CIOs see a future in the chief exec's job



David Taylor

Inside track

John Whitworth, chief information officer (CIO) of Cox Insurance, explains the difference between chief...



David Taylor

Inside track

John Whitworth, chief information officer (CIO) of Cox Insurance, explains the difference between chief information and technical officers and IT directors and which role has the potential for taking on the job of chief executive officer.

DT: John, you are a high-profile CIO. What differences do you see between that and being an IT director?

JW: The key difference can be summed up by the CIO's ability to manage ambiguity, not be consumed by it. This is possible as the CIO is a key component of the main business and not running an important but peripheral support function.

They are, therefore, empowered to be at the forefront of, and often the catalyst for, change in the organisation. They have the best overview of how to pull the change levers of people, business process and IT.

DT: How does this work with, say, IT strategy in these times of lightning change?

JW: The IT strategy must not just be aligned to the business strategy but actually be embedded within it. Therefore, key company deliverables and their associated business measures become entrusted to the CIO to realise, and these, in turn, then effectively have a powerful champion for success, something that has been missing previously.

DT: A very direct answer, but where does that leave technology? New dotcoms are turning to chief technical officers (CTOs), young whizz kids who are making technology seem sexy again. Where do you see the so-called dotcorps going in this area?

JW: I see the CTO with a much more single-minded technical focus, as is often needed in dotcoms. However, traditional companies have known this for some time, and although they may not have called them CTOs, they will have this area well covered.

DT: I'm not sure I understand the relationship between the two, as you are suggesting.

JW: The roles of CIO/CTO are not mutually exclusive. They should have a CTO role reporting to a CIO. This is the best of both worlds: senior, high-value technical competence and ability, combined in an environment where this is totally channelled into business success and not technology for technology's sake. The lesson is now well understood by recent dotcom failures. CTOs need to report to business IT competence, not traditional CEO and finance directors.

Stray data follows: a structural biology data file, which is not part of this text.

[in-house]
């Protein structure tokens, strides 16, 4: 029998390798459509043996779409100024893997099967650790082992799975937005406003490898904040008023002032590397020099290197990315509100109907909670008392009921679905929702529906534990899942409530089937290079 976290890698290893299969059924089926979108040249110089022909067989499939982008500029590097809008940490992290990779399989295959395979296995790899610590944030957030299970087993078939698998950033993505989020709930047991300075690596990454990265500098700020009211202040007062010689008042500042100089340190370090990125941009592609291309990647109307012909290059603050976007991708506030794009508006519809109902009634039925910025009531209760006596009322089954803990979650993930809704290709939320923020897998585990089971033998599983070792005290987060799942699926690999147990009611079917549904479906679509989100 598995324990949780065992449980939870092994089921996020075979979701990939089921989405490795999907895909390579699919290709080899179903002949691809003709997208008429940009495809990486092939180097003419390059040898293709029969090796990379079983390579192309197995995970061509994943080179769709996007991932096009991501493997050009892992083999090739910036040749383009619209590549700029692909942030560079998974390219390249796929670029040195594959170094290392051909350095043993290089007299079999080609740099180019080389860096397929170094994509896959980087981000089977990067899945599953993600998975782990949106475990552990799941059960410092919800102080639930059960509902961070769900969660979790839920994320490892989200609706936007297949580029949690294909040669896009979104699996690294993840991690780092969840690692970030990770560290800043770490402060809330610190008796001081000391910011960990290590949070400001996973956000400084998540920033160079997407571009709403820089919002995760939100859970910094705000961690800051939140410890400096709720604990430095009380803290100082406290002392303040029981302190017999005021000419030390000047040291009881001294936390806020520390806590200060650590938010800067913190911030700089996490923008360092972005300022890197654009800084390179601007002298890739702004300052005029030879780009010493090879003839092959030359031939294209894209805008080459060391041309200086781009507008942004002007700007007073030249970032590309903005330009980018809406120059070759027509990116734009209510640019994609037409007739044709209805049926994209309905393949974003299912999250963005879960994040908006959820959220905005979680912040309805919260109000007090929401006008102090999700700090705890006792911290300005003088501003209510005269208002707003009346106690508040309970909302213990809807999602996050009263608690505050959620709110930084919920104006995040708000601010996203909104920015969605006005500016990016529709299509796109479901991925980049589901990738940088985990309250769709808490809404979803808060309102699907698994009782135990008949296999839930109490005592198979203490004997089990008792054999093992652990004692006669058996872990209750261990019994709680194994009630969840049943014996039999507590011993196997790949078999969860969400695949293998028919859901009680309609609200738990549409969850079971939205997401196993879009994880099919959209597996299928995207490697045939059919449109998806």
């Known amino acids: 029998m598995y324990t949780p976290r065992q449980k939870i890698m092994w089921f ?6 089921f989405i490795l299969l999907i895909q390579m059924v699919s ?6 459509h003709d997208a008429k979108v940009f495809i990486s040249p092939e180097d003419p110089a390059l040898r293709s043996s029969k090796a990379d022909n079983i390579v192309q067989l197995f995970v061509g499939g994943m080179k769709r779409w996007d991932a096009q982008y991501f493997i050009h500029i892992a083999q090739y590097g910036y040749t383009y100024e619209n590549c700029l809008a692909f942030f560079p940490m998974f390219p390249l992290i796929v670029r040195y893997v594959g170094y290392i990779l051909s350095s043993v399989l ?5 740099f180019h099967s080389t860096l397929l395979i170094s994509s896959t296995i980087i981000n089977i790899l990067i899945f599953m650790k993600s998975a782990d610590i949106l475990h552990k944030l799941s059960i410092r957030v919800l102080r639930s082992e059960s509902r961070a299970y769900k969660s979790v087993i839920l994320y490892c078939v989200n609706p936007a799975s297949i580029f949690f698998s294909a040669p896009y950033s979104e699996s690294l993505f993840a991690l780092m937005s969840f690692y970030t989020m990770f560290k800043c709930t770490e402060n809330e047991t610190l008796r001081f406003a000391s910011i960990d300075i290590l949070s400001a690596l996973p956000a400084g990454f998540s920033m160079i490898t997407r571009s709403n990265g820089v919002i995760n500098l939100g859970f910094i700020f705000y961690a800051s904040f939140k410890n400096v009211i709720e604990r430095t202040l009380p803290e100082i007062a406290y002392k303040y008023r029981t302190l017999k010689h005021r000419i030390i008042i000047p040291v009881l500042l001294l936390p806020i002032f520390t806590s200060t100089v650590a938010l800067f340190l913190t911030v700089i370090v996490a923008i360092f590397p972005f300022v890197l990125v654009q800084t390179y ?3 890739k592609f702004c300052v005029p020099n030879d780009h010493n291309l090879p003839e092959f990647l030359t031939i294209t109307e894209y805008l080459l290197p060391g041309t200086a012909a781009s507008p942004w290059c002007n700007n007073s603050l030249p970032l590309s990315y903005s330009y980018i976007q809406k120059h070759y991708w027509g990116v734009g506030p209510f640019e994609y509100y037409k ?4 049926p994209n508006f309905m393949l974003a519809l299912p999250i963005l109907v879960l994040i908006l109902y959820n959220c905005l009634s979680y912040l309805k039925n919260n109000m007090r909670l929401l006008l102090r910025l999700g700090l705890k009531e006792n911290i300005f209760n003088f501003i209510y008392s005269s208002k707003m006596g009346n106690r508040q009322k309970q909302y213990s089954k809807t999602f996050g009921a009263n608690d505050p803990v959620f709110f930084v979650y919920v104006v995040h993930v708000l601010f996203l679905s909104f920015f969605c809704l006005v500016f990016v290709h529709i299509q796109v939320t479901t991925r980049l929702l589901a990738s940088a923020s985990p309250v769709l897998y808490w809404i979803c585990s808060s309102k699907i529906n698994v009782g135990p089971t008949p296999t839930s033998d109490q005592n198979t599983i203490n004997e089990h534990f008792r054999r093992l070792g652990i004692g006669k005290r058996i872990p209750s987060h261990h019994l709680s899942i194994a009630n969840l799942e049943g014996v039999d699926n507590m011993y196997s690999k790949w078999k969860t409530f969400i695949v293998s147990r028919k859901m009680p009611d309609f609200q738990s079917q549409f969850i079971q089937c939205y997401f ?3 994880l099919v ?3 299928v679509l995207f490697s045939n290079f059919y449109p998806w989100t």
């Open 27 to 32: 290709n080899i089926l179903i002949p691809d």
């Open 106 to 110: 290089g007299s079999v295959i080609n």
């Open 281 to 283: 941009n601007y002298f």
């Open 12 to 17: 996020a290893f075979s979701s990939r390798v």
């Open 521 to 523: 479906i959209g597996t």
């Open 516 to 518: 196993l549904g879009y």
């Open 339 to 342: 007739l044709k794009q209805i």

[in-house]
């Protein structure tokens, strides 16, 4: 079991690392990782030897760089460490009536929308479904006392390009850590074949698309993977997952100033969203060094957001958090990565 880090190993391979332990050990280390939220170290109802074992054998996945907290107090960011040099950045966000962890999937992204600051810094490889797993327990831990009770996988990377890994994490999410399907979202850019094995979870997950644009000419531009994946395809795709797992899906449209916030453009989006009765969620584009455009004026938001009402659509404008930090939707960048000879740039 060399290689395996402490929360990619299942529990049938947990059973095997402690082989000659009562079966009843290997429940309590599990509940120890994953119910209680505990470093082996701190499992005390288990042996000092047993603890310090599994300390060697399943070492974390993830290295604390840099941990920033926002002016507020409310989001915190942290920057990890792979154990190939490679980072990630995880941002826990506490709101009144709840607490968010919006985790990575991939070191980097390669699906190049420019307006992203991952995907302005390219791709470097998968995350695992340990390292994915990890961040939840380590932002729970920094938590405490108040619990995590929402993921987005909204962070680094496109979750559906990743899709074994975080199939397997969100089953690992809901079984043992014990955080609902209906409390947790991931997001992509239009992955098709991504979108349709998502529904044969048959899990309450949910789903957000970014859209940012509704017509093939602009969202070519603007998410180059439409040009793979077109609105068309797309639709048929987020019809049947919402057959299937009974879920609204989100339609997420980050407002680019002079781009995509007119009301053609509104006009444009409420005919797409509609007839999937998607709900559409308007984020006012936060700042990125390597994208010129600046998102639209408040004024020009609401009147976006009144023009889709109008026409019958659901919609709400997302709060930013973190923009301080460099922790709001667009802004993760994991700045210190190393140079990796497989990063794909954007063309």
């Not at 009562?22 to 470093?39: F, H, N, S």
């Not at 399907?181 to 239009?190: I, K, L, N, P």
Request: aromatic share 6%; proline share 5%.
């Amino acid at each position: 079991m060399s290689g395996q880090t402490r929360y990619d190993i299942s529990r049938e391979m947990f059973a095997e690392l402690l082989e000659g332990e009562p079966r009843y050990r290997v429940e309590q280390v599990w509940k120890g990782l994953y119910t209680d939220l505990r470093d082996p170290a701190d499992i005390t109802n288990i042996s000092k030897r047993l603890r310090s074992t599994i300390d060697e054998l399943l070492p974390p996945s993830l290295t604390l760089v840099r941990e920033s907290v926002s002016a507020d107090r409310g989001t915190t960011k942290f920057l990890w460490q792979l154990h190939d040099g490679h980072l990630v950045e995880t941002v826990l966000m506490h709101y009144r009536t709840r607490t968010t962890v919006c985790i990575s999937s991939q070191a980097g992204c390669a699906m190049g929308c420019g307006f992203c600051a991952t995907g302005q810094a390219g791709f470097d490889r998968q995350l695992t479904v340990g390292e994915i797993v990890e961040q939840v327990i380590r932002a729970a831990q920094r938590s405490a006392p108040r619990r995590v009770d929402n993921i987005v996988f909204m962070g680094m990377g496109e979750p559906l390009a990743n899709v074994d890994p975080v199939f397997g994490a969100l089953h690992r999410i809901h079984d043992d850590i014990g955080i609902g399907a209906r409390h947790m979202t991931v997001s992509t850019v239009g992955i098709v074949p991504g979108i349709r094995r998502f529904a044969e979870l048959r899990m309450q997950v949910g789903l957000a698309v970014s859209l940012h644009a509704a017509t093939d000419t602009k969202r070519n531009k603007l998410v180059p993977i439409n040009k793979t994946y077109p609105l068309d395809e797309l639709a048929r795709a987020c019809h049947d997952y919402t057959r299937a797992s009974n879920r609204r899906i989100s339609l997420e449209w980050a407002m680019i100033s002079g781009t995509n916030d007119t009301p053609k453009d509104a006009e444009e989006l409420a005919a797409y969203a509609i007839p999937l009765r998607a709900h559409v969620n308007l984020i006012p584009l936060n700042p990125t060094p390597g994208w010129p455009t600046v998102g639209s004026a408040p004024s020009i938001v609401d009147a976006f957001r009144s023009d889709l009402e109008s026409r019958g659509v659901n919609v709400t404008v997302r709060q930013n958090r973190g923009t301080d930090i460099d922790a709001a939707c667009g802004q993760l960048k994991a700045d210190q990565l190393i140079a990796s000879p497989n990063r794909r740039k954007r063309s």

DT: As you know John, I believe strongly that future CEOs will come from IT's ranks. Any thoughts?

JW: The CIO is an ambassador, negotiating with internal and external entities to achieve business success through constant management of change; measured by return on capital employed, not traditional IT director project measures of the past, such as on time and on budget. This is, therefore, an apprenticeship for the CEO role of tomorrow. I agree - in the next two years we will see many CEO appointments from CIOs. The new breed of CEO must also combine traditional sound management skills with an openness and flexibility to drive the business forward by applying the new distribution and knowledge models currently employed in the best e-commerce companies.

The CIO is one of the few senior executives who constantly has the necessary depth of exposure to this fast changing environment. This makes the progression to CEO both natural and seamless.

David Taylor's Inside Track. A provocative insight into the world of IT in business, is out now. The book is the latest in the Computer Weekly Professional Series, published by ButterworthHeinemann: 01865-888180

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